Investors regained some appetite for riskier assets in November, with both emerging market stocks and currencies eyeing their best month since January amid hopes the US and China would call truce on their ongoing trade dispute and reduce the downside risk to global growth.

The MSCI Emerging Market stock index is poised to end the month 4.1 per cent higher despite slipping 0.4 per cent on Friday.

Likewise, the benchmark JPMorgan emerging markets currency index is on track for a 1.6 per cent monthly gain.

EM assets have had a rough run since the start of the year as rising US interest rates and a resurgent dollar sapped demand for the asset class. President Donald Trump’s trade war against China, which has cast a pall over the outlook for the global economy, has also fuelled fears of weaker demand for the commodities that make up the backbone for many developing countries.

Meanwhile, country specific issues in Turkey, Argentina, South Africa and Russia, have added to the unease, with a sharp currency sell-off in those countries earlier this summer prompting some investors to question whether a more severe pullback could be in store.

But November has seen a slight recovery in sentiment ahead of a pivotal meeting on the sidelines of the G20 summit between the US and China that could help break the impasse between the two countries on trade.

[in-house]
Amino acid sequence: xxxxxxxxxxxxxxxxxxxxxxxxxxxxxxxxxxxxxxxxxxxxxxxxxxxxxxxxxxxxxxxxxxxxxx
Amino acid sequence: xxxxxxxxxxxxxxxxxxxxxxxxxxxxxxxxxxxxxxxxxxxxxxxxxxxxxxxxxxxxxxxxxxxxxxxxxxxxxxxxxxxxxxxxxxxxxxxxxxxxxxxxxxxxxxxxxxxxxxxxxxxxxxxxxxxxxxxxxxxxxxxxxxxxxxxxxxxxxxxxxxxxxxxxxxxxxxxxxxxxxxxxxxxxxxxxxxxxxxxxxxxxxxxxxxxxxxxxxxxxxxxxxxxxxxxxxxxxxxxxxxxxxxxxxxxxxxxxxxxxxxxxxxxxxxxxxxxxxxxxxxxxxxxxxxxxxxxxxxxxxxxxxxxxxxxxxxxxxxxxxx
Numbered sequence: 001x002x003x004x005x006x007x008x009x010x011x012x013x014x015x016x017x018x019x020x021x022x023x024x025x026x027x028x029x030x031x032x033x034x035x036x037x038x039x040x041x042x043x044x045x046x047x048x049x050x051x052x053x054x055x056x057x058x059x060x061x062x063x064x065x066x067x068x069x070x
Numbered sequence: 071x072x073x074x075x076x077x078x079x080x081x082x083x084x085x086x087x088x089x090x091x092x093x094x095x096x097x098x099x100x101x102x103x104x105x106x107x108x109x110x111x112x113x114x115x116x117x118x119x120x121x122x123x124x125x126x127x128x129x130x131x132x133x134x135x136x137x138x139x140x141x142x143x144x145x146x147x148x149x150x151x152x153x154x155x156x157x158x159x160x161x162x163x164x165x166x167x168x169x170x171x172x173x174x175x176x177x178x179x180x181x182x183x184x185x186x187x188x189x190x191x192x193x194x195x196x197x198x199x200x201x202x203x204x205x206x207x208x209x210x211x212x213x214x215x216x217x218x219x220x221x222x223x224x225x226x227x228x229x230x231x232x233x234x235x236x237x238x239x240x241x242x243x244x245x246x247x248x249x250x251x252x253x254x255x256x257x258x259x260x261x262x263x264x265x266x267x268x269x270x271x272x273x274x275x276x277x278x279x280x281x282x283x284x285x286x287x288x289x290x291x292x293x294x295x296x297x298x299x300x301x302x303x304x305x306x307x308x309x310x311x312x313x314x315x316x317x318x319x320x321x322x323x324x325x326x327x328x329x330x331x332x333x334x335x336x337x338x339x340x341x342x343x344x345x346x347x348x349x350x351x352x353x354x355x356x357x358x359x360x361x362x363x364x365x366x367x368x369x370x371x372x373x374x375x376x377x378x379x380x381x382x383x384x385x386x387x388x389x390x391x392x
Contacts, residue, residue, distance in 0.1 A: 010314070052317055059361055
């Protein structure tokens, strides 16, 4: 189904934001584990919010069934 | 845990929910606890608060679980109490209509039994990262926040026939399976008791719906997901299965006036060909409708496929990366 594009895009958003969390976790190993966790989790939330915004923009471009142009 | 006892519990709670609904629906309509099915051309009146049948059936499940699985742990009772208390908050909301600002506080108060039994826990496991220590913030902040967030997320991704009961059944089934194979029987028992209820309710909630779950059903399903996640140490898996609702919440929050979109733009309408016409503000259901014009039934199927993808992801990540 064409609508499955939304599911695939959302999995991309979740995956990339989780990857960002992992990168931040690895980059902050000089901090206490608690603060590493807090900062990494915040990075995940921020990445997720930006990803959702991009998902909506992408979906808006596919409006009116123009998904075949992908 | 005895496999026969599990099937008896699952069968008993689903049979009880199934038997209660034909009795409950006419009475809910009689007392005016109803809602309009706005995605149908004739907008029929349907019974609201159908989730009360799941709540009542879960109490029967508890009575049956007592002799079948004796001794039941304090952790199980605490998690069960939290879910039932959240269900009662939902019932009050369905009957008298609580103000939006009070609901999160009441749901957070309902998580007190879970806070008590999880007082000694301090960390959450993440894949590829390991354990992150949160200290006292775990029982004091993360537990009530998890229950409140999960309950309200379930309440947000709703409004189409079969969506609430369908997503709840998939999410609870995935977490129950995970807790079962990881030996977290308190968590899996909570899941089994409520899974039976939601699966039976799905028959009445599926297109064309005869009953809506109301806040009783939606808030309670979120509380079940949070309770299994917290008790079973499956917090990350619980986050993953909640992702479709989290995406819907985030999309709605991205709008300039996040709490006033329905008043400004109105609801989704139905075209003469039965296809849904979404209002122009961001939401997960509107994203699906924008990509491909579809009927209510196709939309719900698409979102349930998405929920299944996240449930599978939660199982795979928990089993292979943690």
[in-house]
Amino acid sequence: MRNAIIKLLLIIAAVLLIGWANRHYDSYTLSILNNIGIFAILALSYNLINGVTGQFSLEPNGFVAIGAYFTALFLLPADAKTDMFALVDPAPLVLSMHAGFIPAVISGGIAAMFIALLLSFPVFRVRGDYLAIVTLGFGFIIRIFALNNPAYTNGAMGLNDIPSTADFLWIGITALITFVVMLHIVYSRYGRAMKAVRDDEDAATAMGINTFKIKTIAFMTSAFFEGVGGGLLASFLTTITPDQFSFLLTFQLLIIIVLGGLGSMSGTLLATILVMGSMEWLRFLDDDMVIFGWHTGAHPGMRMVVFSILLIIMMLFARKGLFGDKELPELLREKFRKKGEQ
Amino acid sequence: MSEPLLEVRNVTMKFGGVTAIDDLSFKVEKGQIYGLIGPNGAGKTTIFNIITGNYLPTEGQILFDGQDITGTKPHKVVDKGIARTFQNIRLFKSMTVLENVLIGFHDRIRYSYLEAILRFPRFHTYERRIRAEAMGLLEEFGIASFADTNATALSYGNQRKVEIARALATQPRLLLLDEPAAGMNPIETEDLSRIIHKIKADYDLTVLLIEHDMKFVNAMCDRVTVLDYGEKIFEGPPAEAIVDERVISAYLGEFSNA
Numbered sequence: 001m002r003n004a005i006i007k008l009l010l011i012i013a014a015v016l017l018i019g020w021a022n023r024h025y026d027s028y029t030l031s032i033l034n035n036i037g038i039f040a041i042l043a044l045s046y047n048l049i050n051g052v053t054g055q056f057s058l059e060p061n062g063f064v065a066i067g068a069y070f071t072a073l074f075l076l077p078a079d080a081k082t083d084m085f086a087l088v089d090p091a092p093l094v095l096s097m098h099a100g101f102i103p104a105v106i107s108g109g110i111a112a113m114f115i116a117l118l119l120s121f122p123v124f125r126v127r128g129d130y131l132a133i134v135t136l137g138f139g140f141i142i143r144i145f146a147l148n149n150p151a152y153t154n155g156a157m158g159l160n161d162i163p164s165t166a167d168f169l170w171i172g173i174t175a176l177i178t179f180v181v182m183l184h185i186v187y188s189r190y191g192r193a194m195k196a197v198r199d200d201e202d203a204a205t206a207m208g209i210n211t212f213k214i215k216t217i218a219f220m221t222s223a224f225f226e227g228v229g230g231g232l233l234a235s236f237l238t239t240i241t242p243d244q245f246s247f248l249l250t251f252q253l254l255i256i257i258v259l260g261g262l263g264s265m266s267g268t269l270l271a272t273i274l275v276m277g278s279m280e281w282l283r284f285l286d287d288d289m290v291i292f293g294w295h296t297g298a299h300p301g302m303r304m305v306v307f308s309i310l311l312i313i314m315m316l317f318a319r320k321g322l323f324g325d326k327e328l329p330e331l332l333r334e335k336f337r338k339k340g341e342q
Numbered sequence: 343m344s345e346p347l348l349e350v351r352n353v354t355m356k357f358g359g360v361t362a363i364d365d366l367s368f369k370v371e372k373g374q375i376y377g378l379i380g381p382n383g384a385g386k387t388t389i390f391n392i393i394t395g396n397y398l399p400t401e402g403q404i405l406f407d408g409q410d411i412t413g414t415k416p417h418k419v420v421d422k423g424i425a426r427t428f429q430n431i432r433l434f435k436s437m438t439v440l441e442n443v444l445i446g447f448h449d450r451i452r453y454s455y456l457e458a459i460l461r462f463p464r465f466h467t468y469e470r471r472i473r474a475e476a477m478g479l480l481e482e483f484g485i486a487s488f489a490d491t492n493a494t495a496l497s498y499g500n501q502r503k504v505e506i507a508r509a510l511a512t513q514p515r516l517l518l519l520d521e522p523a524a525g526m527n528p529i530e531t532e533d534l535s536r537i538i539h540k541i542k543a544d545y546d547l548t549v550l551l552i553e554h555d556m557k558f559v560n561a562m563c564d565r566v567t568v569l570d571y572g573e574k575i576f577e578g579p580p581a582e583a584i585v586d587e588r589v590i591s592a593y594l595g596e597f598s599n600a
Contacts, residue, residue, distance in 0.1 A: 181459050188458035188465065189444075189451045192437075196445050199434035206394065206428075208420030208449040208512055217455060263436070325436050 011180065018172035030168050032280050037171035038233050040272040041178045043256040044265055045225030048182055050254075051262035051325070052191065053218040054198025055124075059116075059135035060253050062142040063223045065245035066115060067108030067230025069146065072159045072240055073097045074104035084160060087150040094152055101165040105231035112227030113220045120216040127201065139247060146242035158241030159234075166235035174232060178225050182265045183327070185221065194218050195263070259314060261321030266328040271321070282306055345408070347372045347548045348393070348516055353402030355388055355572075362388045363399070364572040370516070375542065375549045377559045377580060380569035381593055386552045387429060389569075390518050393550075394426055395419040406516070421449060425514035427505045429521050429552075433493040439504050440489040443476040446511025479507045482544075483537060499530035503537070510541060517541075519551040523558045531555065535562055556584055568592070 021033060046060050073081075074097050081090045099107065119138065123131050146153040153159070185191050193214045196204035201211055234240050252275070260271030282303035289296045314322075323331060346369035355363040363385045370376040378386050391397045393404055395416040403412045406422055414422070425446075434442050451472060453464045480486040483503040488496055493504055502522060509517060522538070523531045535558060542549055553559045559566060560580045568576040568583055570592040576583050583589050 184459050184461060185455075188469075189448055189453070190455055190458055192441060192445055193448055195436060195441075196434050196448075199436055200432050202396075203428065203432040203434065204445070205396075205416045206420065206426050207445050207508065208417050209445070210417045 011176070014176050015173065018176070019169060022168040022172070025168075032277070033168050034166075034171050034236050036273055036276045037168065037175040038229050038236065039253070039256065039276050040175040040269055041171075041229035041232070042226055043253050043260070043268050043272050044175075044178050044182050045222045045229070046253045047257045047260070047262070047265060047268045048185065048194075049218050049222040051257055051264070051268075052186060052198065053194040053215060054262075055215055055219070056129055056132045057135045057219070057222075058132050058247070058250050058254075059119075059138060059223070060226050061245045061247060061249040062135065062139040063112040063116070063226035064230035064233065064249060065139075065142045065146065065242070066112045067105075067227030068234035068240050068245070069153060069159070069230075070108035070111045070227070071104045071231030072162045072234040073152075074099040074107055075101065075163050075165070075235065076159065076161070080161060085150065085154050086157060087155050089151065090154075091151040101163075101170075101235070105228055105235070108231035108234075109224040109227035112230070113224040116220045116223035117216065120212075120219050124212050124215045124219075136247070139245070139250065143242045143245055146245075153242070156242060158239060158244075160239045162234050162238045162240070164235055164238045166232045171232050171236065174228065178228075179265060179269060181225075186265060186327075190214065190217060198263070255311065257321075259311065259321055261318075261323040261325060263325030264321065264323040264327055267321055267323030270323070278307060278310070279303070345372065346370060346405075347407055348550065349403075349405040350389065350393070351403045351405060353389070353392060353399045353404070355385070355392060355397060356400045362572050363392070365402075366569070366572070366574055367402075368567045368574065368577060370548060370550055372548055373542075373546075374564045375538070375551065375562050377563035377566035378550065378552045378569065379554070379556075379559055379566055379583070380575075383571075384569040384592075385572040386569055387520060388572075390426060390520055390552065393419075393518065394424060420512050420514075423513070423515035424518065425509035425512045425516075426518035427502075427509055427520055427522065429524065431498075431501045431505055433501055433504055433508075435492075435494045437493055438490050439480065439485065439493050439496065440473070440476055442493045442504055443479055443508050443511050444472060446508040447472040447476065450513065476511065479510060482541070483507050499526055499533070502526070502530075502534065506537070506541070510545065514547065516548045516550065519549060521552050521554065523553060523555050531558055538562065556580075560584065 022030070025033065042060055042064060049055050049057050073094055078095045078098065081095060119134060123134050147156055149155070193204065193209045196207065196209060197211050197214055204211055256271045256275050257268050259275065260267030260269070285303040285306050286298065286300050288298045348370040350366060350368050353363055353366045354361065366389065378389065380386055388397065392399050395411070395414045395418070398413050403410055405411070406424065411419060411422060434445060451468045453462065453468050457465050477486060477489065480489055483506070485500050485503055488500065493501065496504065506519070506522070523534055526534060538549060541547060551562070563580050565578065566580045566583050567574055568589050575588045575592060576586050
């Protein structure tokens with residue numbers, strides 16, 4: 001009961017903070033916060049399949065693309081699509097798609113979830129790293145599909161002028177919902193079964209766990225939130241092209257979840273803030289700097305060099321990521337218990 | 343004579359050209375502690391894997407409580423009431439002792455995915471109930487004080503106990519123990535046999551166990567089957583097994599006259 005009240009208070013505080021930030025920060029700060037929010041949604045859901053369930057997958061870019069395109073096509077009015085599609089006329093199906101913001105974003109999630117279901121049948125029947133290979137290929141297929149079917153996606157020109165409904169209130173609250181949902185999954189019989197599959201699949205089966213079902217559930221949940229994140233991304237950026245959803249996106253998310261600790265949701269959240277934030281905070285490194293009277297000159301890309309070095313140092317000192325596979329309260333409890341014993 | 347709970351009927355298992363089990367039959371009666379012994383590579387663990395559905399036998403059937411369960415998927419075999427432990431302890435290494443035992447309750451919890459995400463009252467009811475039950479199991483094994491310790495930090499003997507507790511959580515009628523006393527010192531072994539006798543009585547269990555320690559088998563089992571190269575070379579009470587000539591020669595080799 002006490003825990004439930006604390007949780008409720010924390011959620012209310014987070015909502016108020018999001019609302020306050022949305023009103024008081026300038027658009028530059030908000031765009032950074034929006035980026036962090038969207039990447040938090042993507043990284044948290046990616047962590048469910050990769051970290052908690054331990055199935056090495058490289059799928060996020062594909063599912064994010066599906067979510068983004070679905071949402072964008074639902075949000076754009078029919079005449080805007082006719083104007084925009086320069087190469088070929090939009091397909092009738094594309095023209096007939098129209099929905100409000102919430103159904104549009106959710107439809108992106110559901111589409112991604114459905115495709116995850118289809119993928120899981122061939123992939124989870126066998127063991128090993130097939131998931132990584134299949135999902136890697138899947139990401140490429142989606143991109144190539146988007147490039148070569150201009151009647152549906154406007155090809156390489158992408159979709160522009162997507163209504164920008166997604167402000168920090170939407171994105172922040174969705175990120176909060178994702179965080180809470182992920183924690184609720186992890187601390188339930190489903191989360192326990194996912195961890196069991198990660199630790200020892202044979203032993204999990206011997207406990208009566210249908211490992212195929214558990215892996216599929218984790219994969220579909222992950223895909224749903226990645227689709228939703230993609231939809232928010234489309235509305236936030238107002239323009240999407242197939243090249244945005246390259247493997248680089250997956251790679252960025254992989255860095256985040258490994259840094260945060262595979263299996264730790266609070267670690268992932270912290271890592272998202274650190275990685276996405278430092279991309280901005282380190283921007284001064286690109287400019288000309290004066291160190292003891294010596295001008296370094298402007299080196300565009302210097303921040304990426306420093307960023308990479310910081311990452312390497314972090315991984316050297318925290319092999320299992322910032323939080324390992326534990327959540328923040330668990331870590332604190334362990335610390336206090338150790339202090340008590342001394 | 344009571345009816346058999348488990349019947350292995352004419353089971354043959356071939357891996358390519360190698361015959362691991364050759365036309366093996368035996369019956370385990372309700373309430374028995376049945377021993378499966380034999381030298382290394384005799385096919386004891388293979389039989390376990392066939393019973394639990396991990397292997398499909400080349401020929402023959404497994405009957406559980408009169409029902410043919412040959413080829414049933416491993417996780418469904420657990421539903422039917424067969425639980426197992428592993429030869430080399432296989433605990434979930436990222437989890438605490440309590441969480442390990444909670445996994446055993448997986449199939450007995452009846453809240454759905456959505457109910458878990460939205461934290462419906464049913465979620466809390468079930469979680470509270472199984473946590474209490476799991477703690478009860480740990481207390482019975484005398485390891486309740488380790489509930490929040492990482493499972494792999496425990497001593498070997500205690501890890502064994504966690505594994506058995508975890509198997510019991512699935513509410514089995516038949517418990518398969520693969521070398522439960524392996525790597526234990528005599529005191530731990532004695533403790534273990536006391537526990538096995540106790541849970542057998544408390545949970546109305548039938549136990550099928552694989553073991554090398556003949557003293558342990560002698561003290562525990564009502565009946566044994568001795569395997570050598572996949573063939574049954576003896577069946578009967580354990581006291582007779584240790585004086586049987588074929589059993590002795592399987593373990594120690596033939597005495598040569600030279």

Assets also received a boost after Federal Reserve chair Jay Powell said this week he believed US interest rates were “just below” neutral, a level regarded by economists as neither helping nor hindering economic growth. The comments, which were seen by markets as dovish has raised expectations that the US central bank may slow its pace of interest-rate hikes next year and, by extension, the advance of the dollar.

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Still underscoring investors’ jitters, the MSCI EM index remains down 14 per cent for the year while the JPMorgan EM currency index is still nursing a 10 per cent decline.

Per Hammarlund, chief EM strategist at SEB, the leading Nordic corporate bank, says that ‘trade, Trump and treasuries’ will be the major factors affecting emerging markets over the next three to nine months:

“When it comes to trade, or expansion of the world economy, conditions have deteriorated in 2018, pointing to a slowdown in growth, albeit from a high level. Politics will be challenging and have a dampening effect on investor sentiment towards emerging markets (EM). Lastly, treasuries will raise interest rates, driven partly by the US Fed and partly by local factors.”



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